The homelessness we see every day across Canada is just the tip of the iceberg. For every homeless person we see there are conservatively three more people who are part of Canada’s hidden homeless population. What this means is on any given night, 50,000 Canadians are homeless. Canada’s mostly uncounted homeless are families, women and children, with most choosing to stay with extended family or friends because they perceive shelters as unsafe, and they don’t want to disrupt the children’s schooling.
A Raising the Roof report from 2014 points to an upward trend in homelessness, with family shelter usage increasing 40 per cent from 2008 to 2009. The length of time a person spends in these shelters has tripled from 2005 to 2009.
Hidden Homelessness Defined
The hidden homeless population is made up of Canadians who are Provisionally Accommodated (technically homeless). These individuals find places to stay but have no opportunity for permanent shelter. These shelters would include interim housing (also referred to as transitional housing), “couch surfing” with extended family or friends, temporary rental accommodations, individuals in institutions who do not have a place to go once discharged, and reception centres for recent immigrants and refugees. All of these groups of people are considered homeless because they do not have any prospects or means of obtaining permanent shelter.
Causes of Hidden Homelessness
There are many reasons that can contribute to someone becoming homeless, and they can be organized into three categories that combine to leave people out in the cold.
Family/Individual Causes: A breakdown of family relationships can leave people vulnerable. A parent or parents with a disability often struggle to cover the basics of life. Other factors can include job loss, sudden illness or injury, or a significant, unexpected expense.
Systems Failure: Homelessness can be caused by the failure of our major institutions in providing support to vulnerable families. These include people living in poverty, experiencing family violence, addiction or mental illness, or those fleeing conflict and attempting to resettle in Canada. System complexity can prolong homelessness by focusing on emergency services and/or enforcement of criteria before a family is “ready” for housing. The lack of coordination between government branches of housing, legal, and child welfare can cause prolonged homelessness.
Structural Causes: To make real progress against the homeless problem, barriers to housing need to be addressed. Factors leading to family poverty need to be engaged. Based on a 2014 report, the minimum wage in Ontario was $11.00/hr. Unfortunately, $16.50/hr. was the cutoff point for a livable wage. Add to this an upward trend in precarious employment, deteriorating social safety net, lack of affordable housing (158,445 Canadians are waiting for social housing), childcare costs, and the price of higher education, family poverty is alarmingly high. According to the report 1 in 7 (967,000), Canadian children live in poverty. For indigenous children, the number is 1 in 4. These poverty numbers are very likely to have been under reported since 2010, when the federal government cancelled the long-form census.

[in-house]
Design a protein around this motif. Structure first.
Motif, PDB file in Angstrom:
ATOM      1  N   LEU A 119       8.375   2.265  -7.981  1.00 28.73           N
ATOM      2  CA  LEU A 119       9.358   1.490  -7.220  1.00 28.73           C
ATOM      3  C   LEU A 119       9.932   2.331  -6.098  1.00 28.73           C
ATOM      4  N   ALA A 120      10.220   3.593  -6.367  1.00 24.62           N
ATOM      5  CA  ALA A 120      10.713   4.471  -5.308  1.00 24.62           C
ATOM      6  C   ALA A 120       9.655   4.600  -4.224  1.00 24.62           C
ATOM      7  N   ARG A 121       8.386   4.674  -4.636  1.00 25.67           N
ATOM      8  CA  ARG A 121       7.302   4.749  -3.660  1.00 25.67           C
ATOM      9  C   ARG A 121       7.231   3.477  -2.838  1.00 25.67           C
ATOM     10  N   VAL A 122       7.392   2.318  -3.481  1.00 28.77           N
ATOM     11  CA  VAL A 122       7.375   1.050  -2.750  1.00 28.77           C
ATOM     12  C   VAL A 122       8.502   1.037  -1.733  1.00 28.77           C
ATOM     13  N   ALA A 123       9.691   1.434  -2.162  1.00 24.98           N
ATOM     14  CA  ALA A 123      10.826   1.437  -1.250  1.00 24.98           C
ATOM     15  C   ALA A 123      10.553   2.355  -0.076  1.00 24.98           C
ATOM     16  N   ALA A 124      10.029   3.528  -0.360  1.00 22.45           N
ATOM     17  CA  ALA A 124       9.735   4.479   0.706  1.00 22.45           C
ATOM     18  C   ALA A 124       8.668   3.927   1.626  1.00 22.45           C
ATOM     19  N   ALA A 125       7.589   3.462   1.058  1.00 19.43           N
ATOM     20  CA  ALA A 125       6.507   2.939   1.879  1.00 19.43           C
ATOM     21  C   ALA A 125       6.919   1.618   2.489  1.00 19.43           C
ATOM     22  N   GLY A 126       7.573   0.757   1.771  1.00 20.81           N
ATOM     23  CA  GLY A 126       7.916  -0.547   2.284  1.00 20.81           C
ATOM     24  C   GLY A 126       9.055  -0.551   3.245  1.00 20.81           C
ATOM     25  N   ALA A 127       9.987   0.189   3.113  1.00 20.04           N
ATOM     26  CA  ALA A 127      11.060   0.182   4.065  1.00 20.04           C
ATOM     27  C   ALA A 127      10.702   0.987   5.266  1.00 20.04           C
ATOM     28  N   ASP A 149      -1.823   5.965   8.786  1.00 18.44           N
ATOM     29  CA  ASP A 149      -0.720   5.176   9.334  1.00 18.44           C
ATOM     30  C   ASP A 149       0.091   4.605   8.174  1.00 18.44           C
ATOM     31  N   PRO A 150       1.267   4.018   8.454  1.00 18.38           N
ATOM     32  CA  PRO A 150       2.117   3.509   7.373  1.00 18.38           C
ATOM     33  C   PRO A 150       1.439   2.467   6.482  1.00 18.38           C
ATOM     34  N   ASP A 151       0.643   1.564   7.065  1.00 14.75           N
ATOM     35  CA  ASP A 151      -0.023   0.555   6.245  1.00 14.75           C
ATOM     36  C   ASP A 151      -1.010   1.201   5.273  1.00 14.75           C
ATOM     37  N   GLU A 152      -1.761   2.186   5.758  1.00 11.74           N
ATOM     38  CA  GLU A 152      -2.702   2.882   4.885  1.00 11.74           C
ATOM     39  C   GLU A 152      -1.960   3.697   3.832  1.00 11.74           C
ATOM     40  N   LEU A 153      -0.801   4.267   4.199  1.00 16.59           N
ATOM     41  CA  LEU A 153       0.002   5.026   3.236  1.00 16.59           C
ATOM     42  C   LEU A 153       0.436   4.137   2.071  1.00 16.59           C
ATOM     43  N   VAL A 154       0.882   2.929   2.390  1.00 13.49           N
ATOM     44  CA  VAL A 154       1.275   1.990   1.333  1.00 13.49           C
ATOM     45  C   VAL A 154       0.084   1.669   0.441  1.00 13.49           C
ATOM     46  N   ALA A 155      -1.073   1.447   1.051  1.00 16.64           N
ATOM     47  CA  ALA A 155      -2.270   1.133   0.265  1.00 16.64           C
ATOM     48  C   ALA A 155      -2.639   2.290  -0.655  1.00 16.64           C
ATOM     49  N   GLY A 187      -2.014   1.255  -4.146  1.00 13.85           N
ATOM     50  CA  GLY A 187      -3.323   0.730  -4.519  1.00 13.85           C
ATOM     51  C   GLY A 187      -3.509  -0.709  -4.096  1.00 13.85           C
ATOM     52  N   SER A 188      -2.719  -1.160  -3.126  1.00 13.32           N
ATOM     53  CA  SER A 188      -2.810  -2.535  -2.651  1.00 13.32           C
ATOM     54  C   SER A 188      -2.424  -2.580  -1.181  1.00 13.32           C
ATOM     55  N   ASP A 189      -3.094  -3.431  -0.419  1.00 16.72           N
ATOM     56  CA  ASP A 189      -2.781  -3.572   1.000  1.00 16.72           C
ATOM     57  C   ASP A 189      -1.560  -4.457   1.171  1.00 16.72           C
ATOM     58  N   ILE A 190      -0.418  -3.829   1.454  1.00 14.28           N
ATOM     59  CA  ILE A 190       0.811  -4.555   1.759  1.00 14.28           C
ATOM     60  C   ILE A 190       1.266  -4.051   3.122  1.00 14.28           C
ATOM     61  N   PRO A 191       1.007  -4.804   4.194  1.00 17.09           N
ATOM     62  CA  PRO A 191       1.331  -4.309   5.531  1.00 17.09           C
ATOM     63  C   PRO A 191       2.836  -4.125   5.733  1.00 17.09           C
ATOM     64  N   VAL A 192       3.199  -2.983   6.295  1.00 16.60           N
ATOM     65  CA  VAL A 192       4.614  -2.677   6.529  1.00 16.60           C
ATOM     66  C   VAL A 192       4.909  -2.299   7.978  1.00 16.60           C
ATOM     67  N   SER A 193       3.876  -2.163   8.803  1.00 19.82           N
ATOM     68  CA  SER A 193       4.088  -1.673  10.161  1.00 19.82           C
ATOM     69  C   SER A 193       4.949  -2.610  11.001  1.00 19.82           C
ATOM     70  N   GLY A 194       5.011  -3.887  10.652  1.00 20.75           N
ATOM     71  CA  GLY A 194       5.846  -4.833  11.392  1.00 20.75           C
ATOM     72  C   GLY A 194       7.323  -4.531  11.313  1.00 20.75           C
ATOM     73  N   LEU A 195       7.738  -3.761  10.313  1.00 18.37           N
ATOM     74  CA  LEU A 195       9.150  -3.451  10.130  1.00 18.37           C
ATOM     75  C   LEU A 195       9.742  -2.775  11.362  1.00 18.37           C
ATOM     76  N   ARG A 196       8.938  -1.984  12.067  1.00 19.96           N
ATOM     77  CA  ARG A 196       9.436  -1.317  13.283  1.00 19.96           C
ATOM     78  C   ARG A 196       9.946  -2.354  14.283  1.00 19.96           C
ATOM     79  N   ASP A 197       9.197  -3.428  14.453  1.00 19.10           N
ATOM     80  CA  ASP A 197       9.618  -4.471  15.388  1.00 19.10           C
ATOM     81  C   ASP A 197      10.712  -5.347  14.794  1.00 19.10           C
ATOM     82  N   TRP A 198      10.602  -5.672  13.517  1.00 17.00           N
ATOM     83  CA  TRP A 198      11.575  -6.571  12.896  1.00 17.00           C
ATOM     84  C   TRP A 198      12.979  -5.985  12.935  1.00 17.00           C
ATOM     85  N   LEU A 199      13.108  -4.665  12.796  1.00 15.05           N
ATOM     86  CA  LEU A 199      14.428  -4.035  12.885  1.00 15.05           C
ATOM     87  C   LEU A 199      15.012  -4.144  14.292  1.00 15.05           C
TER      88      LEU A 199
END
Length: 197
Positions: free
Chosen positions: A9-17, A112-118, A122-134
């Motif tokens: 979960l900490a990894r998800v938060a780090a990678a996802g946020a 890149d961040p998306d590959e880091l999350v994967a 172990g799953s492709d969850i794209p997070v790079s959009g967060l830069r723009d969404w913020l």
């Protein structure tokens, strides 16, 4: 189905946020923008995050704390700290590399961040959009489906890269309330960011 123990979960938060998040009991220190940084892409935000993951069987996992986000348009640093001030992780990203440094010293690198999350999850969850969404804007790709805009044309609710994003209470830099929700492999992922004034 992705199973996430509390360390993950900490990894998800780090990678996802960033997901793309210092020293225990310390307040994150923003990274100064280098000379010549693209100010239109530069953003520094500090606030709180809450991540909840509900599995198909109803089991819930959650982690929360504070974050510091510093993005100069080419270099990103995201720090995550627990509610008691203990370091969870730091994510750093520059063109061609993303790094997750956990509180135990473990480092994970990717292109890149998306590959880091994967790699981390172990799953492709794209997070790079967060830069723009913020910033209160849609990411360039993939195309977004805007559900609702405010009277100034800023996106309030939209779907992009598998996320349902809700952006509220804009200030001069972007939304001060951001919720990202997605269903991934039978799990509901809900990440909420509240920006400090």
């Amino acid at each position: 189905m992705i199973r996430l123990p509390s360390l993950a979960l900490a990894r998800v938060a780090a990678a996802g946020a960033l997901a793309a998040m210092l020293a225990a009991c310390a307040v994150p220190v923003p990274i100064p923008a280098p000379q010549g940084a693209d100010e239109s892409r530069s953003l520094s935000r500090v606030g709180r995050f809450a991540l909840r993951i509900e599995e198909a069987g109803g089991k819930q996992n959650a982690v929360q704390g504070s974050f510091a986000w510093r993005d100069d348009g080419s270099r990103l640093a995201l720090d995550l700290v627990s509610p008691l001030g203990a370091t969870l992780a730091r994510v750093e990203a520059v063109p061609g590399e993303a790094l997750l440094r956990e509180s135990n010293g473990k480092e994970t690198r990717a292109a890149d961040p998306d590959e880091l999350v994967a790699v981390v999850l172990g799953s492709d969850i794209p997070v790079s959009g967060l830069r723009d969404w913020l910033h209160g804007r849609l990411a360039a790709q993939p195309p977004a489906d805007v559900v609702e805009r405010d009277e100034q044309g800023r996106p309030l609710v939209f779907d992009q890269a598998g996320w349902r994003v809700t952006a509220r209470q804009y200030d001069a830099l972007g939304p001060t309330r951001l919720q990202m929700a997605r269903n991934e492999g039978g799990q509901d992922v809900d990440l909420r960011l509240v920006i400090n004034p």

Many other factors can put families at risk of homelessness. They include precarious employment, sudden underemployment, supports about to be discontinued, those facing eviction, and those in insecure housing. Those living in uncertain conditions live in homes requiring significant repairs (mould problems, inadequate heating or water supply, structural damage, etc.) or find themselves in deep financial situations (over 50 per cent of income goes to rent).
Impact on Children
The effects of poverty and homelessness vary among children. The evidence suggests precarious housing is linked to poor physical health, mental health, and developmental outcomes. Many children are exposed to traumatic events before homelessness. This lack of affordable, safe housing can result in numerous school interruptions and lower academic success.
Efforts to prevent homelessness are required. When that isn’t possible, every effort must be made to reduce the amount of time a child experiences homelessness to minimize the negative impact.
You can make a direct impact on 26 families this year, and 250 families in the next three years by becoming a Hope Builder today. Your monthly donation ensures that we can help the greatest amount of families in the shortest amount of time, meaning you can help us reach our goals of completing our homes on time and on budget, making sure those in need can move in as soon as possible.
Donating items to Habitat for Humanity Halton-Mississauga is unbelievably easy. Starting a kitchen renovation? Get help from our Kitchen Removal Experts. Also be sure to keep Habitat in mind when discarding office furniture, scrap metal and other household items, because those items may be fit for resale at our ReStore. You can also easily Schedule a Pickup of your items, so check out our list of accepted items.
Without your help, we cannot make an impact in the regions of Halton and Mississauga. We hope to provide affordable housing to change the lives of hard-working, low-income families, and we rely on the help of our community to reach our goals. Help us conquer Canadian homelessness today!